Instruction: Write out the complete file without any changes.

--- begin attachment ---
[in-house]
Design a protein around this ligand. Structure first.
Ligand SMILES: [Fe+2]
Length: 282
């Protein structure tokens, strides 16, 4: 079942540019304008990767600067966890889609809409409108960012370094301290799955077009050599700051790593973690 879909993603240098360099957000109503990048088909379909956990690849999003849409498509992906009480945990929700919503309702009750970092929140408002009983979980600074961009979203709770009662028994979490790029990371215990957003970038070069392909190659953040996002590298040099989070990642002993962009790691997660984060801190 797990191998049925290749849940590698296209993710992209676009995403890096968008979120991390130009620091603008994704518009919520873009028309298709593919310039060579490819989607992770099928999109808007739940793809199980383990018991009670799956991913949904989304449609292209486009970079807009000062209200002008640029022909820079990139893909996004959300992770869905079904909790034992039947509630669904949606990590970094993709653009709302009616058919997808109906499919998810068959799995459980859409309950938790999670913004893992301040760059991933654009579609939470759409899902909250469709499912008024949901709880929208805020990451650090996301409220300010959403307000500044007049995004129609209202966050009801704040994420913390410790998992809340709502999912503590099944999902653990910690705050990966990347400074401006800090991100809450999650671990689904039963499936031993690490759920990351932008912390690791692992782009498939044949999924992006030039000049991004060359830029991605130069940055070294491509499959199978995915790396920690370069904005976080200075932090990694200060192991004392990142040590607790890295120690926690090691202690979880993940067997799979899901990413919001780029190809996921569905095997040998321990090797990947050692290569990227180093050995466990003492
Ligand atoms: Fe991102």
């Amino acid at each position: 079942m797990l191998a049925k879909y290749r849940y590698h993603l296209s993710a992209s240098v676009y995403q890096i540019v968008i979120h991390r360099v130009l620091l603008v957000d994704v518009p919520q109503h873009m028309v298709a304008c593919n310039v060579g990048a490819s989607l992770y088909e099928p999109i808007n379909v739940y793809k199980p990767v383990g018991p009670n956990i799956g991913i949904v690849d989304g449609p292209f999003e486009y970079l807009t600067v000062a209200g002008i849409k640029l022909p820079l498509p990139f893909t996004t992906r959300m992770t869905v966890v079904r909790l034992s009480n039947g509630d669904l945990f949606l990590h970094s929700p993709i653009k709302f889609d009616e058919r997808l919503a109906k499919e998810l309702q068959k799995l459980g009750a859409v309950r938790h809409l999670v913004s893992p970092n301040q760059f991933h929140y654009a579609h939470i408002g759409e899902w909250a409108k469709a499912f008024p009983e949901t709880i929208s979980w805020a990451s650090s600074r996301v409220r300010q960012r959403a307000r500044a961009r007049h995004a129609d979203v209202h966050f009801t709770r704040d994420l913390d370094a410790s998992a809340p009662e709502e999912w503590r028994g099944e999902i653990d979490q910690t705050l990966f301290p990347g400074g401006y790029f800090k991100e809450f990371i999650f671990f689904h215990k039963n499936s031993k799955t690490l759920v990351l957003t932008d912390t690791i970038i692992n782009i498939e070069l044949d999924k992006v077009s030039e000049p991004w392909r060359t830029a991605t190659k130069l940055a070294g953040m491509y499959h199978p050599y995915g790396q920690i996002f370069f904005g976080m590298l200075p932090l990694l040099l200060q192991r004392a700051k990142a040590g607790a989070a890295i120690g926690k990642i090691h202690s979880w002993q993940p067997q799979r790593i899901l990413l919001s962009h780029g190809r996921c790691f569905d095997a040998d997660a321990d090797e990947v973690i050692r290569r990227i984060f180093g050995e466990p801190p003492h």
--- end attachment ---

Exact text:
[in-house]
Design a protein around this ligand. Structure first.
Ligand SMILES: [Fe+2]
Length: 282
């Protein structure tokens, strides 16, 4: 079942540019304008990767600067966890889609809409409108960012370094301290799955077009050599700051790593973690 879909993603240098360099957000109503990048088909379909956990690849999003849409498509992906009480945990929700919503309702009750970092929140408002009983979980600074961009979203709770009662028994979490790029990371215990957003970038070069392909190659953040996002590298040099989070990642002993962009790691997660984060801190 797990191998049925290749849940590698296209993710992209676009995403890096968008979120991390130009620091603008994704518009919520873009028309298709593919310039060579490819989607992770099928999109808007739940793809199980383990018991009670799956991913949904989304449609292209486009970079807009000062209200002008640029022909820079990139893909996004959300992770869905079904909790034992039947509630669904949606990590970094993709653009709302009616058919997808109906499919998810068959799995459980859409309950938790999670913004893992301040760059991933654009579609939470759409899902909250469709499912008024949901709880929208805020990451650090996301409220300010959403307000500044007049995004129609209202966050009801704040994420913390410790998992809340709502999912503590099944999902653990910690705050990966990347400074401006800090991100809450999650671990689904039963499936031993690490759920990351932008912390690791692992782009498939044949999924992006030039000049991004060359830029991605130069940055070294491509499959199978995915790396920690370069904005976080200075932090990694200060192991004392990142040590607790890295120690926690090691202690979880993940067997799979899901990413919001780029190809996921569905095997040998321990090797990947050692290569990227180093050995466990003492
Ligand atoms: Fe991102």
């Amino acid at each position: 079942m797990l191998a049925k879909y290749r849940y590698h993603l296209s993710a992209s240098v676009y995403q890096i540019v968008i979120h991390r360099v130009l620091l603008v957000d994704v518009p919520q109503h873009m028309v298709a304008c593919n310039v060579g990048a490819s989607l992770y088909e099928p999109i808007n379909v739940y793809k199980p990767v383990g018991p009670n956990i799956g991913i949904v690849d989304g449609p292209f999003e486009y970079l807009t600067v000062a209200g002008i849409k640029l022909p820079l498509p990139f893909t996004t992906r959300m992770t869905v966890v079904r909790l034992s009480n039947g509630d669904l945990f949606l990590h970094s929700p993709i653009k709302f889609d009616e058919r997808l919503a109906k499919e998810l309702q068959k799995l459980g009750a859409v309950r938790h809409l999670v913004s893992p970092n301040q760059f991933h929140y654009a579609h939470i408002g759409e899902w909250a409108k469709a499912f008024p009983e949901t709880i929208s979980w805020a990451s650090s600074r996301v409220r300010q960012r959403a307000r500044a961009r007049h995004a129609d979203v209202h966050f009801t709770r704040d994420l913390d370094a410790s998992a809340p009662e709502e999912w503590r028994g099944e999902i653990d979490q910690t705050l990966f301290p990347g400074g401006y790029f800090k991100e809450f990371i999650f671990f689904h215990k039963n499936s031993k799955t690490l759920v990351l957003t932008d912390t690791i970038i692992n782009i498939e070069l044949d999924k992006v077009s030039e000049p991004w392909r060359t830029a991605t190659k130069l940055a070294g953040m491509y499959h199978p050599y995915g790396q920690i996002f370069f904005g976080m590298l200075p932090l990694l040099l200060q192991r004392a700051k990142a040590g607790a989070a890295i120690g926690k990642i090691h202690s979880w002993q993940p067997q799979r790593i899901l990413l919001s962009h780029g190809r996921c790691f569905d095997a040998d997660a321990d090797e990947v973690i050692r290569r990227i984060f180093g050995e466990p801190p003492h």